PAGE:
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Steely Dan - Pretzel Logic CD (album) cover


Steely Dan


Jazz Rock/Fusion

3.73 | 180 ratings

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Prog Reviewer
4 stars The chorus of the title track of this album goes, "Those days are gone forever/Over a long time ago". These words could well be applied to this album as such. Steely Dan made a clean break with the concept of a 'real band'. Touring on the back of Countdown to Ecstasy ostensibly destroyed their enthusiasm for it and they placed their trust firmly in the hands of sessions musicians.

It is a decision that may have appeared bizarre at the time and perhaps bold circa 2013. In 1974, rock was very much about filling large arenas. The box office stars were bands that were renowned for their live act, like Led Zeppelin, The Who or Emerson Lake & Palmer. In such an environment, bucking the trend and sticking to 'boring' studio musicians would have been a strange choice to make. It was something R&B artists like Stevie Wonder did, not a RAWK band!

But time has made Donald Fagen and Walter Becker look very much the sly cats they have always been. Metal gradually unseated rock as the music of the arena in the 80s. With the gradual fading away or slowing down of the big metal bands like Iron Maiden or Metallica, the earlier fascination for the arena has probably ebbed, notwithstanding bands like Muse.

Thus, Steely Dan didn't do so badly for emulating the example of The Beatles and focusing their energy on utilising the magic of the studio. For that reason, Pretzel Logic is perhaps the most influential Steely Dan album. It was the model they would follow all the way to Gaucho, when they hung up their boots. The basic formula - heavily jazz leaning rock - was also laid down in Pretzel Logic. While I personally enjoyed the more hard rocking/'proggy' moments in Countdown to Ecstasy, the duo seemed to desire more focus to create a more cohesive musical experience.

Not surprisingly, many compositional trademarks of Steely Dan can also be traced back to Pretzel Logic. I do not have the wherewithal to pin it down in this review but my gut feeling tells me that three songs - Rikki Don't Lose That Number/Night By Night/Pretzel Logic - lay down the magic formula for much of Steely Dan's work. Compare Night by Night with Home At Last for instance or the chords of Rikki with the title track of Aja. Of course, Steely Dan were far too inventive to simply plagiarise themselves and recycle ideas from this album for subsequent ones. But the approach to constructing a good Steely Dan number was laid down at least as early as Pretzel Logic.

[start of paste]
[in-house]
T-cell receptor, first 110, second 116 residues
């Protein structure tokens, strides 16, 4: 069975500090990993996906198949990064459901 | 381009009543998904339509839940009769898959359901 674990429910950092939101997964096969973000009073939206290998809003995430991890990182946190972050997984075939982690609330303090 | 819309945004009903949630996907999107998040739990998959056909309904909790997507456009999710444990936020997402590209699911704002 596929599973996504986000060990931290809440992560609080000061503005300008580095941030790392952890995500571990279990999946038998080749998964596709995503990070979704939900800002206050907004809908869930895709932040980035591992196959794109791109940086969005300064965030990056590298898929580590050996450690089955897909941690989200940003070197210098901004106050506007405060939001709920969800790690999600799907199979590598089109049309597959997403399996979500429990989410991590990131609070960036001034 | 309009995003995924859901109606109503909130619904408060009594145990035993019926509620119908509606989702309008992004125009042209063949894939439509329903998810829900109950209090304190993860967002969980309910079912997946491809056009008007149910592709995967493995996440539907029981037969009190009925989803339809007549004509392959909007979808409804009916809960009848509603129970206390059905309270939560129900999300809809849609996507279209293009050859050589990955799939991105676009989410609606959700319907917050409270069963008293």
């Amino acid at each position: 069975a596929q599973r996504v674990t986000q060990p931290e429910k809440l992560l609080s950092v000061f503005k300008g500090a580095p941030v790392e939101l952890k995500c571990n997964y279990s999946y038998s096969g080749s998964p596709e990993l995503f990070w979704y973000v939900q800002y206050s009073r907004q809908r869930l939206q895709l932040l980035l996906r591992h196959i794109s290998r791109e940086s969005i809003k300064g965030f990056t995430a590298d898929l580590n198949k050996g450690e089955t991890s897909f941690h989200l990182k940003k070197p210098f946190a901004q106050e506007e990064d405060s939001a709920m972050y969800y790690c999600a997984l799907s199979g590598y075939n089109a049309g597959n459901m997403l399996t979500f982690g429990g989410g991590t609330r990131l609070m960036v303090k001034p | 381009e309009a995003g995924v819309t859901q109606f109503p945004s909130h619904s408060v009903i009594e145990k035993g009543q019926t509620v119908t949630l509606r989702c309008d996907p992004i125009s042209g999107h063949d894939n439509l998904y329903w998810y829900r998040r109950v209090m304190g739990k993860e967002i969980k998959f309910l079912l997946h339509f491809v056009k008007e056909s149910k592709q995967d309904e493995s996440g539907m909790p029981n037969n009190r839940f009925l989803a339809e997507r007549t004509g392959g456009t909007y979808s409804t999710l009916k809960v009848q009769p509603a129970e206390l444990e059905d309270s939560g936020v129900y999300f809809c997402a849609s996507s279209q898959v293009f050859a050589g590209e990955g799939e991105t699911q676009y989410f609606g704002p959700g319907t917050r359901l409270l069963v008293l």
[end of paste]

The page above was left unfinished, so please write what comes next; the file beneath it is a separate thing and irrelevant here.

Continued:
So why does Pretzel Logic still sound so different from Aja? The answer probably lies in their mastery of arrangements. To return to Night by Night, it is one hell of a rocking number with a bias towards rock and funk. Whereas Home At Last leans much more towards smooth jazz and is restrained and subtle in its treatment. Another difference is Donald Fagen's singing is also much more 'open' and full throatedt, again more like rock, on this album. The trademark wryness and irony that we identify with in Fagen's singing is very much intact, both on Pretzel Logic and Aja and also everything else in between.

With roughly the same basic approach, Steely Dan are able to cover a wide variety of moods and that, combined with their quirky chords, is what makes them a compelling experience for a jazz loving prog rocker. The band do require one to be a little tolerant of pop structure and in fact a good amount of pop flavour. They don't resemble pop outright but they do have a slightly commercial element somewhere that you may not enjoy if you are fussy about classic rock aesthetics and such.

Another point more specific to this album is some of the tracks are REALLY short. Just two and half a minutes or so. It may have made for brevity but it also stops the band from developing the tracks a little more which they could have and did on subsequent albums. That is perhaps the main distinction between Pretzel Logic and Aja. The songs on the latter are drawn out and better etched to fully realise their potential what with Fagen telling (ostensibly) the critics that they can sue him if he plays too long.

Pretzel Logic lives up a bit too much to Robert Fripp's vision of the band as small, smart, self sustaining, mobile unit. It could have done with a little more heart. Still, even the really short tracks are heaps of fun to listen to, so four stars for a solid album and a jazz rock classic.

rogerthat | 4/5 |


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